Separation anxiety in Yorkies might be induced if your Yorkie is unable to hear or see you or what is going on around him.
Even when you are present, the Yorkies feel alone because of their health issues, so keep in touch if they have any health challenges.
4. Abuse or neglect from owner
We all know that caring for a Yorkie isn’t always a laugh, especially when looking at it from a financial standpoint.
Keeping up with everything a Yorkie requires, including feeding, grooming, vet visits, and a daily walk, isn’t easy, which is why you shouldn’t acquire a Yorkie unless you’re prepared to take on the responsibility.
This is why people dump their Yorkies on the street because they can’t keep up with them or because they can’t relocate to a new city with them.
Abandoning a Yorkie is a surefire way to cause separation anxiety, especially if the Yorkie has nowhere to go or no one with whom to spend time.
5. Making a big deal out of departures
If you believe your Yorkie is incapable of reading your energy and emotions, you are mistaken.
When you leave or come home, don’t make a big production out of it, since this can make your Yorkie uneasy and can easily induce separation anxiety.
When you leave or return, keep things simple as normal, and avoid huge embraces and hugs, which can induce anxiety in Yorkies.
When you come home or wish to depart, go about your normal routine; don’t make it a huge issue that you’re leaving.
6. Arrival of new family members
This situation may seem absurd to you, yet it is extremely true and occurs in many households.
Yorkies have a hard time trusting humans or other pets, which can lead to hostility or barking at other dogs.
When you bring in new dogs or people that they don’t trust right away, most Yorkies grow jealous and nervous.
You must appropriately introduce any new family member, whether a pet or a person, to avoid undue stress, despair, or separation anxiety.
If a Yorkie doesn’t get along with a new pet or family member, he or she may engage in self-isolation, which can lead to separation anxiety.
Read more about causes of separation anxiety in dogs.
How to prevent separation anxiety in Yorkies
The following are the most popular and suggested methods for coping with separation anxiety in Yorkies:
1. Create a safe and calming spot
Every Yorkie feels secure in their own environment, which is why most unsocialized dogs will not allow other humans or pets into their room or bed.
To help your Yorkie cope with separation anxiety, establish a reference point where he or she connects the location as quiet and pleasant.
Make sure the Yorkie has everything he needs at the reference site, such as a chew toy or soothing music, so he can rapidly recognize it as a secure place.
You can occasionally join your Yorkie in the area, but you should never call the Yorkie out of his safe spot; instead, let the Yorkie come out on its own terms.
2. Concise crate training
This may sound absurd, but believe me when I say that it works when done correctly; good crate training sessions can assist a Yorkie with separation anxiety, but not persistent worry.
Crate training is a popular puppy training strategy that can help with a variety of issues, including separation anxiety.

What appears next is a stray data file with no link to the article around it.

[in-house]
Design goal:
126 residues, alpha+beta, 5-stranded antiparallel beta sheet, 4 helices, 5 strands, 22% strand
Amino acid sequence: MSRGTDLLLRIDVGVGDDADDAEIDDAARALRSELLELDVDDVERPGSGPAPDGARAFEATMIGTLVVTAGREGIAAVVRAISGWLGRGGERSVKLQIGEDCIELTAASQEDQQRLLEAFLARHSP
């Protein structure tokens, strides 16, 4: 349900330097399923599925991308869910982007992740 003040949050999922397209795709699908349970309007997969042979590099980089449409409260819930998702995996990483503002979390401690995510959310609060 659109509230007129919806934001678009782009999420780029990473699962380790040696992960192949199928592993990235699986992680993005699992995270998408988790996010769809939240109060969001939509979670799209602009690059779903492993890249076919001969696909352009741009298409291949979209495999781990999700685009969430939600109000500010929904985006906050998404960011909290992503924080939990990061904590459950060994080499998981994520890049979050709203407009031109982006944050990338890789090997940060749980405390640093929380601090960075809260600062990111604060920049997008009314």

Crate training may provide a safe and tranquil environment for your Yorkie when you’re gone for an extended period of time.
The goal is for the Yorkie to link fun things like chew toys and food-releasing puzzle games with his kennel, which will encourage him to spend time there.
When Yorkies are left alone, they may feel safer and more at ease, so keep an eye on your puppy’s behavior to see whether his anxiety symptoms improve or worsen.
3. Invest in anti-anxiety products
You may need to give your Yorkie medicine to help them calm if they grow upset when you leave. Your dog can benefit from anti-anxiety drugs.
A veterinarian can assist you and your Yorkie if you and your Yorkie are unable to resolve your Yorkie’s behavioral issues through changes or training.
Before you leave, talk to your veterinarian about what anti-anxiety products or drugs you may give your Yorkie to help them relax.
Get anti-anxiety drugs from your veterinarian and spend more time with your Yorkie to completely remove separation anxiety.
Here are some examples of commonly used anti-anxiety medications:
- Dog anxiety jacket
- Dog-calming collar
- Antianxiety beds
4. Stop all exit signals
All exit signals, such as picking up your keys, should be avoided since they might cause separation anxiety in Yorkies.
Don’t make a big issue about it when you leave for the day or return. During your departure, avoid touching, talking, or making eye contact.
Cesar Way argues that when you return home, you should be teaching your dog that being away isn’t such a big deal.
It’s just another workday! Depending on the severity of the dog’s anxiety, you may need to practice the rule for five minutes or up to an hour before leaving and returning.
5. Make time to be with your Yorkie
Exposing your Yorkie’s brain to a range of stimuli, releasing energy, and interacting with other dogs or people keep it active.
If your Yorkie is naturally enthusiastic, participate in sports with them, such as agility training.
You’ll strengthen your ties while also enhancing your health and those of your loved ones.
Treasure hunt is a fun activity to play with your Yorkie while you’re away.
You might buy a huge bag of treats and hide them across your dog’s territory; this will keep your Yorkie busy and on the lookout all day.
Again, moderation is key, since too many treats may be dangerous.
Separation anxiety can be alleviated by scheduling time to play fetch with your Yorkie.
6. Set up a window view of outside world
Providing your Yorkie with a clean window view of the outside world can go a long way toward keeping him occupied while you go about your business.
Set up a little step for your Yorkie to climb up to the window and view what’s going on in your neighborhood, especially if you live in a busy location during the day.
To do this, you must properly socialize your Yorkie to prevent them from barking at people or other pets they see through the window, as well as make the window easily accessible.
Read more about how to prevent separation anxiety in dogs.